Is gluten intolerance potentially a much larger problem than celiac disease?

While many people today are skeptical about the “fad” for non-celiac related gluten sensitivity, there is a new theory which is gaining more popularity claiming that gluten intolerance could actually be much more serious than celiac disease.

In the last few years, the existence of non-celiac gluten sensitivity (NCGS) has been strongly refuted, and there have been a number of theories about what the condition actually was, but others claim that NCGS is a real health condition and that it could be linked to serious illnesses such as certain allergies, diabetes, autism and schizophrenia. Wheat

But unlike those who consider the non-celiac related gluten sensitivity as the latest fad, other have been arguing back that NCGS is a real health condition and that it is more serious than actual celiac disease because of the following reasons:

Their first theory is that even though more than half of the cases of celiac disease go undiagnosed, those who have NCGS are even more likely to remain without a proper diagnosis because of the lack of a universally approved test for screening for this condition.

There is a screening test for celiac disease involving testing for antibodies and a biopsy to the tissue to estimate any damage.

There is proof though, that some people have adverse reactions to certain components of wheat other than the alpha gliadin or transglutaminase-2 which are known to be the main cause of celiac disease. The problem is that the existing standard tests for celiac disease use these two components as antibodies. In actuality people may experience the effects of intolerance to some other component of gluten, which though will not become evident with such a test. This non-celiac gluten intolerance may lead to the “unlocking” of certain autoimmune diseases and other health issues if the person affected continues to consume gluten.

There are a number of other components in wheat which can cause reactions by a person who is gluten intolerant, and if the condition remains undiagnosed and unmanaged it could lead to some serious neurological, brain and skin conditions, as well as to other problems, some of which are long-term and serious such as multiple sclerosis, diabetes, Amyotrophic Lateral Sclerosis and others.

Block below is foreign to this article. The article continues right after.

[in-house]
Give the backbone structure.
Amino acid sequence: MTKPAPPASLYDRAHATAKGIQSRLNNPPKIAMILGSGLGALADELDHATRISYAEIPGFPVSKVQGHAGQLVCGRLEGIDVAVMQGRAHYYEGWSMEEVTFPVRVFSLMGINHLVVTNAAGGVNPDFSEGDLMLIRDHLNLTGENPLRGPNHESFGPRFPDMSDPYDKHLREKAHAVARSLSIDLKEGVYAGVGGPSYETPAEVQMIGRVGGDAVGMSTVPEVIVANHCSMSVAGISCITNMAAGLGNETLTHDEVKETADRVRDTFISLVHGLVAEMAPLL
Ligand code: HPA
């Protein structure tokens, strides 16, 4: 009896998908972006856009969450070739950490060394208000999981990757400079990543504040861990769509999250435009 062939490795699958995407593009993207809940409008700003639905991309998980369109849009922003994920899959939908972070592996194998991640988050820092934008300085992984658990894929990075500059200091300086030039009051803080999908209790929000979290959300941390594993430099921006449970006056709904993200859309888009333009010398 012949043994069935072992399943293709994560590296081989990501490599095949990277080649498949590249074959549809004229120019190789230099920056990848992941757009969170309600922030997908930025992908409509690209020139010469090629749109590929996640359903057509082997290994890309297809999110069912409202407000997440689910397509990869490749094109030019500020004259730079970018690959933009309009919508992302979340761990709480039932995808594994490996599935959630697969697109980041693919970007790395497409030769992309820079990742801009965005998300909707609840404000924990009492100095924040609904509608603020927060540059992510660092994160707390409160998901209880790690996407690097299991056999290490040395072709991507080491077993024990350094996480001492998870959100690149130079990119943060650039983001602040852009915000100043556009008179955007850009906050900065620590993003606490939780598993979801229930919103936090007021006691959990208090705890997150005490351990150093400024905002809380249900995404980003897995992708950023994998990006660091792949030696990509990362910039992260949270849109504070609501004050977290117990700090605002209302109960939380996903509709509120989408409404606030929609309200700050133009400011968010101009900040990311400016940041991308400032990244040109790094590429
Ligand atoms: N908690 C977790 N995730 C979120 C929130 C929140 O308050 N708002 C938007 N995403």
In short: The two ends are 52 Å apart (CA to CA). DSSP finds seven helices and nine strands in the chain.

Unfortunately, because of the lack of standard testing, it is not clear how widespread the NCGS actually is, and how serious the effects of this condition really are. There have been speculations by some that this condition could be affecting 1 in every 10 people in the US.

Another problem with the NCGS is that the public and cultural backlash against people who eat gluten-free products, and claim to be gluten intolerant without having celiac disease is stopping a number of people from visiting a doctor to get diagnosed of this condition. Many people in their blogs and throughout the social media claim that this gluten intolerance condition is more of a fad and is not an imaginary condition. The backlash is so serious that there are actually groups of “gluten intolerance haters” who base their skepticism regarding NCGS mainly on a study from 2013 which found that irritable bowel syndrome was actually not caused from components of gluten, but rather by certain poorly absorbed carbs (FODMAPS). This study by Gibson et al. doesn’t disagree with the existence of NCGS, and it has been criticized and confronted with other findings that IBS patients do in fact have gluten intolerance.

One study which took place in Iran concluded that patients with IBS who continued eating a gluten containing diet expressed more symptoms after six weeks as compared to the group of people with IBS who had a controlled diet.

But then again, it is important to get the proper diagnosis, because the causes and the diet for people with gluten intolerance and with FODMAP intolerance are very different, and if misdiagnosed could lead to much more serious consequences resulting from continuing the consumption of gluten.

Another general problem with NCGS is that both doctors and patients tend to overlook this condition and don’t take the necessity of actually treating it seriously. This is caused by the lack of scientific information on this condition, the public backlash and denial of NCGS, as well as the lack of standard testing methods and diagnostics for it.

But even without common tests for NCGS, there is a relatively easy way to determine whether a person suffers from gluten intolerance, by placing them on a two month gluten free diet and then examining the results by testing the overall health.

Even if there is no gluten intolerance detected, going on a gluten free diet will improve the intake of nutrients, which will replace the breads and whole foods, which is just one benefit of trying a gluten free regimen.

Unfortunately, nearly 30% of the people who have celiac disease, also have an intolerance to a certain protein in milk – casein, so many of them could continue having symptoms of the disease even after going on a gluten-free diet.


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